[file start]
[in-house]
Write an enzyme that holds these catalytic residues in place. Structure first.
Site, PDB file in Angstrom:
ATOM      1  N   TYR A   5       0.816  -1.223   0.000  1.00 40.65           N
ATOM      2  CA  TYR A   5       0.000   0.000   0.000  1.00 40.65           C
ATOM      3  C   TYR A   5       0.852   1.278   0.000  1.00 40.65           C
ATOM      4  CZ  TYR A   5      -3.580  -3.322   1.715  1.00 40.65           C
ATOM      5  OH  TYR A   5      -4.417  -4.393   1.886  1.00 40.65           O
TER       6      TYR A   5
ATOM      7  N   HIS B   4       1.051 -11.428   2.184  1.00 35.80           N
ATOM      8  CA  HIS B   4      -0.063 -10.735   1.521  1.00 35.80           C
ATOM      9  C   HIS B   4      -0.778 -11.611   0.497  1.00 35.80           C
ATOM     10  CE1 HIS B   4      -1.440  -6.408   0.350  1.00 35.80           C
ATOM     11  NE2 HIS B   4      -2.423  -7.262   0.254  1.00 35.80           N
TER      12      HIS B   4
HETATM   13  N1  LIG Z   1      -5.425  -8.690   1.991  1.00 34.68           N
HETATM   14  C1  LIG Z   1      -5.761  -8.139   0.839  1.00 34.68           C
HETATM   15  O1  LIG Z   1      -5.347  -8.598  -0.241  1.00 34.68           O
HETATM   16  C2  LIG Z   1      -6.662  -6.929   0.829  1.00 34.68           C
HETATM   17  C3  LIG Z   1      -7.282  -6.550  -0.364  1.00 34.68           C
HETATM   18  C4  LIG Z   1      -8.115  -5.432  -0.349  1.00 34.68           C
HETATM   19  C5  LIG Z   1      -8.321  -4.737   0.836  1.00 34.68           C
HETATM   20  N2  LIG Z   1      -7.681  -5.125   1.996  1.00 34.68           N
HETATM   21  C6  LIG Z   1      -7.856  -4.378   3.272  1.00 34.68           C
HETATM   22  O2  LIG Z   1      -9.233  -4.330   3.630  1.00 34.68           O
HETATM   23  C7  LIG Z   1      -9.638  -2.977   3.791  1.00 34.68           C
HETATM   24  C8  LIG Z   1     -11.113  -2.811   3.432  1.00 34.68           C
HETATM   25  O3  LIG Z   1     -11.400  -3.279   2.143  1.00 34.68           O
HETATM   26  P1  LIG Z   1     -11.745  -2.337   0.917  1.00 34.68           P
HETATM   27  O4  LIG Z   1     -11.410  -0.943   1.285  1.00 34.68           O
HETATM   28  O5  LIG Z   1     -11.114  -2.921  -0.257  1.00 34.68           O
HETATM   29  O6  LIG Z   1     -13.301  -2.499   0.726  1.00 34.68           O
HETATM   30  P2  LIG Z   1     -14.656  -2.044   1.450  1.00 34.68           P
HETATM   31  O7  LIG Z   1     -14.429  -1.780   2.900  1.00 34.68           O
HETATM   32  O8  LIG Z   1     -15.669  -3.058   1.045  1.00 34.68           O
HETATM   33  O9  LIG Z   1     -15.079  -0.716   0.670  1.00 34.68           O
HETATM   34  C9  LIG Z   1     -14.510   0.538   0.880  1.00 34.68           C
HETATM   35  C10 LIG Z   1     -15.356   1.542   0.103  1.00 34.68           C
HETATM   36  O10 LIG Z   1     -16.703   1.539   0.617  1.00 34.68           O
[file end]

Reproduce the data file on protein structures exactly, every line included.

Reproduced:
[in-house]
Write an enzyme that holds these catalytic residues in place. Structure first.
Site, PDB file in Angstrom:
ATOM      1  N   TYR A   5       0.816  -1.223   0.000  1.00 40.65           N
ATOM      2  CA  TYR A   5       0.000   0.000   0.000  1.00 40.65           C
ATOM      3  C   TYR A   5       0.852   1.278   0.000  1.00 40.65           C
ATOM      4  CZ  TYR A   5      -3.580  -3.322   1.715  1.00 40.65           C
ATOM      5  OH  TYR A   5      -4.417  -4.393   1.886  1.00 40.65           O
TER       6      TYR A   5
ATOM      7  N   HIS B   4       1.051 -11.428   2.184  1.00 35.80           N
ATOM      8  CA  HIS B   4      -0.063 -10.735   1.521  1.00 35.80           C
ATOM      9  C   HIS B   4      -0.778 -11.611   0.497  1.00 35.80           C
ATOM     10  CE1 HIS B   4      -1.440  -6.408   0.350  1.00 35.80           C
ATOM     11  NE2 HIS B   4      -2.423  -7.262   0.254  1.00 35.80           N
TER      12      HIS B   4
HETATM   13  N1  LIG Z   1      -5.425  -8.690   1.991  1.00 34.68           N
HETATM   14  C1  LIG Z   1      -5.761  -8.139   0.839  1.00 34.68           C
HETATM   15  O1  LIG Z   1      -5.347  -8.598  -0.241  1.00 34.68           O
HETATM   16  C2  LIG Z   1      -6.662  -6.929   0.829  1.00 34.68           C
HETATM   17  C3  LIG Z   1      -7.282  -6.550  -0.364  1.00 34.68           C
HETATM   18  C4  LIG Z   1      -8.115  -5.432  -0.349  1.00 34.68           C
HETATM   19  C5  LIG Z   1      -8.321  -4.737   0.836  1.00 34.68           C
HETATM   20  N2  LIG Z   1      -7.681  -5.125   1.996  1.00 34.68           N
HETATM   21  C6  LIG Z   1      -7.856  -4.378   3.272  1.00 34.68           C
HETATM   22  O2  LIG Z   1      -9.233  -4.330   3.630  1.00 34.68           O
HETATM   23  C7  LIG Z   1      -9.638  -2.977   3.791  1.00 34.68           C
HETATM   24  C8  LIG Z   1     -11.113  -2.811   3.432  1.00 34.68           C
HETATM   25  O3  LIG Z   1     -11.400  -3.279   2.143  1.00 34.68           O
HETATM   26  P1  LIG Z   1     -11.745  -2.337   0.917  1.00 34.68           P
HETATM   27  O4  LIG Z   1     -11.410  -0.943   1.285  1.00 34.68           O
HETATM   28  O5  LIG Z   1     -11.114  -2.921  -0.257  1.00 34.68           O
HETATM   29  O6  LIG Z   1     -13.301  -2.499   0.726  1.00 34.68           O
HETATM   30  P2  LIG Z   1     -14.656  -2.044   1.450  1.00 34.68           P
HETATM   31  O7  LIG Z   1     -14.429  -1.780   2.900  1.00 34.68           O
HETATM   32  O8  LIG Z   1     -15.669  -3.058   1.045  1.00 34.68           O
HETATM   33  O9  LIG Z   1     -15.079  -0.716   0.670  1.00 34.68           O
HETATM   34  C9  LIG Z   1     -14.510   0.538   0.880  1.00 34.68           C
HETATM   35  C10 LIG Z   1     -15.356   1.542   0.103  1.00 34.68           C
HETATM   36  O10 LIG Z   1     -16.703   1.539   0.617  1.00 34.68           O